Advanced Search
MyIDEAS: Login

The Rise of Europe: Atlantic Trade, Institutional Change, and Economic Growth

Contents:

Author Info

  • Daron Acemoglu
  • Simon Johnson
  • James Robinson

Abstract

The rise of Western Europe after 1500 is due largely to growth in countries with access to the Atlantic Ocean and with substantial trade with the New World, Africa, and Asia via the Atlantic. This trade and the associated colonialism affected Europe not only directly, but also indirectly by inducing institutional change. Where "initial" political institutions (those established before 1500) placed significant checks on the monarchy, the growth of Atlantic trade strengthened merchant groups by constraining the power of the monarchy, and helped merchants obtain changes in institutions to protect property rights. These changes were central to subsequent economic growth.

Download Info

If you experience problems downloading a file, check if you have the proper application to view it first. In case of further problems read the IDEAS help page. Note that these files are not on the IDEAS site. Please be patient as the files may be large.
File URL: http://www.aeaweb.org/articles.php?doi=10.1257/0002828054201305
Download Restriction: no

File URL: http://www.aeaweb.org/aer/data/june05_data_acemoglu.zip
Download Restriction: Access to full text is restricted to AEA members and institutional subscribers.

Bibliographic Info

Article provided by American Economic Association in its journal American Economic Review.

Volume (Year): 95 (2005)
Issue (Month): 3 (June)
Pages: 546-579

as in new window
Handle: RePEc:aea:aecrev:v:95:y:2005:i:3:p:546-579

Note: DOI: 10.1257/0002828054201305
Contact details of provider:
Email:
Web page: http://www.aeaweb.org/aer/
More information through EDIRC

Order Information:
Web: http://www.aeaweb.org/subscribe.html

Related research

Keywords:

Other versions of this item:

Find related papers by JEL classification:

References

References listed on IDEAS
Please report citation or reference errors to , or , if you are the registered author of the cited work, log in to your RePEc Author Service profile, click on "citations" and make appropriate adjustments.:
as in new window
  1. Daron Acemoglu & Simon Johnson & James Robinson, 2002. "The Rise of Europe: Atlantic Trade, Institutional Change and Economic Growth," NBER Working Papers 9378, National Bureau of Economic Research, Inc.
  2. Stephen L. Parente & Edward C. Prescott, 1997. "Monopoly rights: a barrier to riches," Staff Report 236, Federal Reserve Bank of Minneapolis.
  3. Raghuram G. Rajan & Luigi Zingales, 1995. "The Tyranny of Inequality," NBER Working Papers 5396, National Bureau of Economic Research, Inc.
  4. Patrick O'Brien, 1982. "European Economic Development: The Contribution of the Periphery," Economic History Review, Economic History Society, vol. 35(1), pages 1-18, 02.
  5. Tim Leunig, 1998. "New Answers to Old Questions: Transport Costs and the Slow Adoption of Ring Spinning in Lancashire," Oxford University Economic and Social History Series _022, Economics Group, Nuffield College, University of Oxford.
  6. Daron Acemoglu & Simon Johnson & James A. Robinson, 2001. "Reversal of Fortune: Geography and Institutions in the Making of the Modern World Income Distribution," NBER Working Papers 8460, National Bureau of Economic Research, Inc.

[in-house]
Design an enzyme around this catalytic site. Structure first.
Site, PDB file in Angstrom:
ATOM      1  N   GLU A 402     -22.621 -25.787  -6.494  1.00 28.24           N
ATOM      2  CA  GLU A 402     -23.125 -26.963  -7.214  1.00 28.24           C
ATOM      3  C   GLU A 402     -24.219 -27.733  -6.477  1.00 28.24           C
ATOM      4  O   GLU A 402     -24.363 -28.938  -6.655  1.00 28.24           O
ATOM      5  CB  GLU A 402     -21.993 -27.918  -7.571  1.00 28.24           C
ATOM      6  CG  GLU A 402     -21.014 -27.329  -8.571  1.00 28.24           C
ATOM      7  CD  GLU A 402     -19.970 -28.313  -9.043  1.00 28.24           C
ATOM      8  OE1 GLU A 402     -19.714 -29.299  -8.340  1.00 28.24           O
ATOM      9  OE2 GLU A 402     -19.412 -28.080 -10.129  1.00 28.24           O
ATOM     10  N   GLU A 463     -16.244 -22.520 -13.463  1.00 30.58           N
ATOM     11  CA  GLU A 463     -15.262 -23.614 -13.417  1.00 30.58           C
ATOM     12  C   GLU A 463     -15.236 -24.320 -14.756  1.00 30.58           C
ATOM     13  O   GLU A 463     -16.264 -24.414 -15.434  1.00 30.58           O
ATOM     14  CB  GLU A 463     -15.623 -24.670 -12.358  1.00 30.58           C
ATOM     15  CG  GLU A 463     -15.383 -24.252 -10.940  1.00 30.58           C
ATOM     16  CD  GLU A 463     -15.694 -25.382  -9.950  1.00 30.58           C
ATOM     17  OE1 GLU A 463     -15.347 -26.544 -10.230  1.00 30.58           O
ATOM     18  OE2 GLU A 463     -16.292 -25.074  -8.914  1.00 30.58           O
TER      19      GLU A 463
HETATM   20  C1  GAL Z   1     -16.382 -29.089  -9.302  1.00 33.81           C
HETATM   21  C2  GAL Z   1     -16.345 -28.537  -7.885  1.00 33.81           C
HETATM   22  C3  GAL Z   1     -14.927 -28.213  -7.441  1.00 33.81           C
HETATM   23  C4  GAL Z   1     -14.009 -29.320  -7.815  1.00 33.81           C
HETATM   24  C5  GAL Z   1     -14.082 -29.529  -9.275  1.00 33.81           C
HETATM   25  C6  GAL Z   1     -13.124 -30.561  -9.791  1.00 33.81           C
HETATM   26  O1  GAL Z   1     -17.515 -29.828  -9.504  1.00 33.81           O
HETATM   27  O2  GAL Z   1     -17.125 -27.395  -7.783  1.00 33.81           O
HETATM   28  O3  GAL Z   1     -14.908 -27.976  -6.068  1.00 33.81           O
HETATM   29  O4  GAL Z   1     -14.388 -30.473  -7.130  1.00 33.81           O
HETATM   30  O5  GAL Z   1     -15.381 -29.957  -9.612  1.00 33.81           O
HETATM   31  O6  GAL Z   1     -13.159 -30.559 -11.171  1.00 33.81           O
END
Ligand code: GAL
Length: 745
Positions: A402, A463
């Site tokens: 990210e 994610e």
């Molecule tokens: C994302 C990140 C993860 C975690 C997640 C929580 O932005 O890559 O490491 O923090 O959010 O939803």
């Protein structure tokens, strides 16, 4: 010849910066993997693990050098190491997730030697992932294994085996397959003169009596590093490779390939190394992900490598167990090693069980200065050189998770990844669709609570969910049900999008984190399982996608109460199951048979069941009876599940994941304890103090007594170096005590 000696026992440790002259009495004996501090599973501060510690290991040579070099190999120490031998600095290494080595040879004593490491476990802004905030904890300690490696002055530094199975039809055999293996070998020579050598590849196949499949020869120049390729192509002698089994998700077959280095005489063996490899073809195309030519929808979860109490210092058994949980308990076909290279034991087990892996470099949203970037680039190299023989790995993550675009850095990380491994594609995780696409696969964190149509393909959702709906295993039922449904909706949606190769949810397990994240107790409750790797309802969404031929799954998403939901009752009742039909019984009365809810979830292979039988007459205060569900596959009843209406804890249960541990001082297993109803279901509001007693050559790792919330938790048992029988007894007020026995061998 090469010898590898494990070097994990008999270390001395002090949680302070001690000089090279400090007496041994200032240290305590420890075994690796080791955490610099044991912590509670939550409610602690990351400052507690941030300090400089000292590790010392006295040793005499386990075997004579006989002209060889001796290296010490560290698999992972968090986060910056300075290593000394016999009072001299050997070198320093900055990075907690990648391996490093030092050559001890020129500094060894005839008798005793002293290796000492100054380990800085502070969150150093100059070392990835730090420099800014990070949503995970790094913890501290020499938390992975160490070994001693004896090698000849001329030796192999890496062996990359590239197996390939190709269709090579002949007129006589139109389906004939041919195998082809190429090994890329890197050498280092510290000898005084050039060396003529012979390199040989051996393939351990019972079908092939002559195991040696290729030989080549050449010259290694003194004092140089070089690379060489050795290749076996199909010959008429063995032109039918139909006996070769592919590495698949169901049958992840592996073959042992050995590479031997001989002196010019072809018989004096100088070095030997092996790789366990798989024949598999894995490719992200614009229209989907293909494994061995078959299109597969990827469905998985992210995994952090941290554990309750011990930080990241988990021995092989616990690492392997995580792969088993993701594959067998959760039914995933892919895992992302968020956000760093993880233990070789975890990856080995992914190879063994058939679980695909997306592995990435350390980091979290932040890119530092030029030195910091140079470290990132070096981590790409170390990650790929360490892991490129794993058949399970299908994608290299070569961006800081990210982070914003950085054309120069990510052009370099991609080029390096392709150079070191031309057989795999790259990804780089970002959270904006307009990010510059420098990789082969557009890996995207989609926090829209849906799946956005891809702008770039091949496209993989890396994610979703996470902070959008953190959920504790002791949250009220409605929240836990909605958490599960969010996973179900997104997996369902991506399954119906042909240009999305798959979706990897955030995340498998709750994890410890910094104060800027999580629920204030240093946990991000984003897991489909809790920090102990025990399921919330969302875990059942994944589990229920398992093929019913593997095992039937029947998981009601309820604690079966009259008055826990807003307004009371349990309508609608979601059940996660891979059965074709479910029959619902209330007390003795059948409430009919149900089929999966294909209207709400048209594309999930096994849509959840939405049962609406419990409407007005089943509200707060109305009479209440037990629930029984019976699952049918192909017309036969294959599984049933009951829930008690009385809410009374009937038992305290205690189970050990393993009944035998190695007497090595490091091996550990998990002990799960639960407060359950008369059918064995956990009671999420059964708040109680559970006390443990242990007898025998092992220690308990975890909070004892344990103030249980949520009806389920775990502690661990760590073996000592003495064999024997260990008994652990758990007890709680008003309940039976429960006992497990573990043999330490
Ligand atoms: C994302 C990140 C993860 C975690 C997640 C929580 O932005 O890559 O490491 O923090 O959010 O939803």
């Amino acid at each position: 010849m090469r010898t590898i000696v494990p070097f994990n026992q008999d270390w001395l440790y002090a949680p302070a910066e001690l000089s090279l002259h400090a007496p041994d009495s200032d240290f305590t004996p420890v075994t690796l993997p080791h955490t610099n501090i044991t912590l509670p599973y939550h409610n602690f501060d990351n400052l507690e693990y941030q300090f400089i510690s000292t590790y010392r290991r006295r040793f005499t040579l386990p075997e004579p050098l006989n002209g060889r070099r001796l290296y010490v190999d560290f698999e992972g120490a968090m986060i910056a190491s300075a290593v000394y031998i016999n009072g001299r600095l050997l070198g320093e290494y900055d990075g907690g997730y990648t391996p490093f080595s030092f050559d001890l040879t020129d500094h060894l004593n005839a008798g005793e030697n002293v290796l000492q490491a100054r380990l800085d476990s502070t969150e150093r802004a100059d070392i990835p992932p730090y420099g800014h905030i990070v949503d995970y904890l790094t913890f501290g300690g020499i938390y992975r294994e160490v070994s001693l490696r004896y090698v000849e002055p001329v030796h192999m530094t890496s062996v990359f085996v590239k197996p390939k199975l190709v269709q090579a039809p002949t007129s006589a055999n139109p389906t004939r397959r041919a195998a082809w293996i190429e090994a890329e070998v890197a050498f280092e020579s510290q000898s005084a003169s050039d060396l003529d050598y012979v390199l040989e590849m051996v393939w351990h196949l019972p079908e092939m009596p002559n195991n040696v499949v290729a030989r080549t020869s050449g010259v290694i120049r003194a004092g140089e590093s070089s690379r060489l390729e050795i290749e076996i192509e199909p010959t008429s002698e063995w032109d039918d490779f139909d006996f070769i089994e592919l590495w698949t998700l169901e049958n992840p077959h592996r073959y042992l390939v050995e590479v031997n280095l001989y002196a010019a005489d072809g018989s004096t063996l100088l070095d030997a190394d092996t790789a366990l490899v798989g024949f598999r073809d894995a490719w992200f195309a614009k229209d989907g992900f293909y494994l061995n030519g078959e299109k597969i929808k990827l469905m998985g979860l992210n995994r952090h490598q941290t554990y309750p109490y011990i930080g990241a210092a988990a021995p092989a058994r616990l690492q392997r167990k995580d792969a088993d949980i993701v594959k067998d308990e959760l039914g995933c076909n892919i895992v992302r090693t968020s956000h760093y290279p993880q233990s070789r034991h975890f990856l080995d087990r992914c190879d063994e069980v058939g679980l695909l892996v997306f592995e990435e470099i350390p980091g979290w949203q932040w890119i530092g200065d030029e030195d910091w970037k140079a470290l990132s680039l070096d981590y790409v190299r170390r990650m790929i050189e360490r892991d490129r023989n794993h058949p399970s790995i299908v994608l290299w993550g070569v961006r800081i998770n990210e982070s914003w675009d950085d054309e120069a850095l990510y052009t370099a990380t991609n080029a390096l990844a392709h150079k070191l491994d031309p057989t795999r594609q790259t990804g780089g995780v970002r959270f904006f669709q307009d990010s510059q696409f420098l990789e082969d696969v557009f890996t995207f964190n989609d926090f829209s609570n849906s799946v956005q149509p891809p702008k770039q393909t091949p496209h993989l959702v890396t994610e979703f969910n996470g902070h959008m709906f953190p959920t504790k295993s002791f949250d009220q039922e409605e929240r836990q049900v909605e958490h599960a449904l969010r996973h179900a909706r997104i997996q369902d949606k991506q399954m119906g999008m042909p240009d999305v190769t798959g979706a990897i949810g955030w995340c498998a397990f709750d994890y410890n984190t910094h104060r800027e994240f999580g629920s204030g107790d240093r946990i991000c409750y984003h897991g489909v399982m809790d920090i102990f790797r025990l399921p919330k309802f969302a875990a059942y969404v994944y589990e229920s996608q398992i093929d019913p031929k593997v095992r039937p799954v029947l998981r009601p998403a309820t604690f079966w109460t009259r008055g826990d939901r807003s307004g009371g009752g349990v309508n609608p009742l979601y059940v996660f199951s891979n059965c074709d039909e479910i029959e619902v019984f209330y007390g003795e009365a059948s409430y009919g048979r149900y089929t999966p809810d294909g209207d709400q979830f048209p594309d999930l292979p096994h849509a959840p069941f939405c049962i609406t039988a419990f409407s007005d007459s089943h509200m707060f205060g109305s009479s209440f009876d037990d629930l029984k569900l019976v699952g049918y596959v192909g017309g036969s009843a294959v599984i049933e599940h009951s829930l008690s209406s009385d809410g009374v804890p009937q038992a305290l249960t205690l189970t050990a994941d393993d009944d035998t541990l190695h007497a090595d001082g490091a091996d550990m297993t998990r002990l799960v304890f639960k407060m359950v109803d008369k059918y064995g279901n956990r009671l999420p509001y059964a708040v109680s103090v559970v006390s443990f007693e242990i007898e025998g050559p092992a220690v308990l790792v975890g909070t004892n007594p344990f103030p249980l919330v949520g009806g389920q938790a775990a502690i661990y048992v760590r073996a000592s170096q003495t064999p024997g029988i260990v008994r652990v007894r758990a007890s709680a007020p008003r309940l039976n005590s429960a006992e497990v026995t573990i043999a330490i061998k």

7. Galor, Oded & Mountford, Andrew, 2002. "Why are a Third of People Indian and Chinese? Trade, Industrialization and Demographic Transition," CEPR Discussion Papers 3136, C.E.P.R. Discussion Papers.
  8. Acemoglu, Daron & Robinson, James A, 2002. "Economic Backwardness in Political Perspective," CEPR Discussion Papers 3261, C.E.P.R. Discussion Papers.
  9. Neal, Larry, 2000. "How it all began: the monetary and financial architecture of Europe during the first global capital markets, 1648 1815," Financial History Review, Cambridge University Press, vol. 7(02), pages 117-140, October.
  10. Kevin H. O'Rourke & Jeffrey G. Williamson, 2001. "After Columbus: Explaining the Global Trade Boom 1500-1800," NBER Working Papers 8186, National Bureau of Economic Research, Inc.
  11. Zilibotti, Fabrizio, 1995. "A Rostovian model of endogenous growth and underdevelopment traps," European Economic Review, Elsevier, vol. 39(8), pages 1569-1602, October.
  12. Antonio Ciccone & Kiminori Matsuyama, 1996. "Efficiency and Equilibrium with Dynamic Increasing Aggregate Returns Due to Demand Complementarities," Discussion Papers 1219, Northwestern University, Center for Mathematical Studies in Economics and Management Science.
  13. Inikori, J. E., 1983. "Market Structure and the Profits of the British African Trade in the Late Eighteenth Century: A Rejoinder," The Journal of Economic History, Cambridge University Press, vol. 43(03), pages 723-728, September.
  14. Henry Kamen, 1965. "Confiscations in the Economy of the Spanish Inquisition," Economic History Review, Economic History Society, vol. 18(3), pages 511-525, December.
  15. Lucas, Robert Jr., 1988. "On the mechanics of economic development," Journal of Monetary Economics, Elsevier, vol. 22(1), pages 3-42, July.
  16. Bairoch, Paul, 1995. "Economics and World History," University of Chicago Press Economics Books, University of Chicago Press, edition 1, number 9780226034638, October.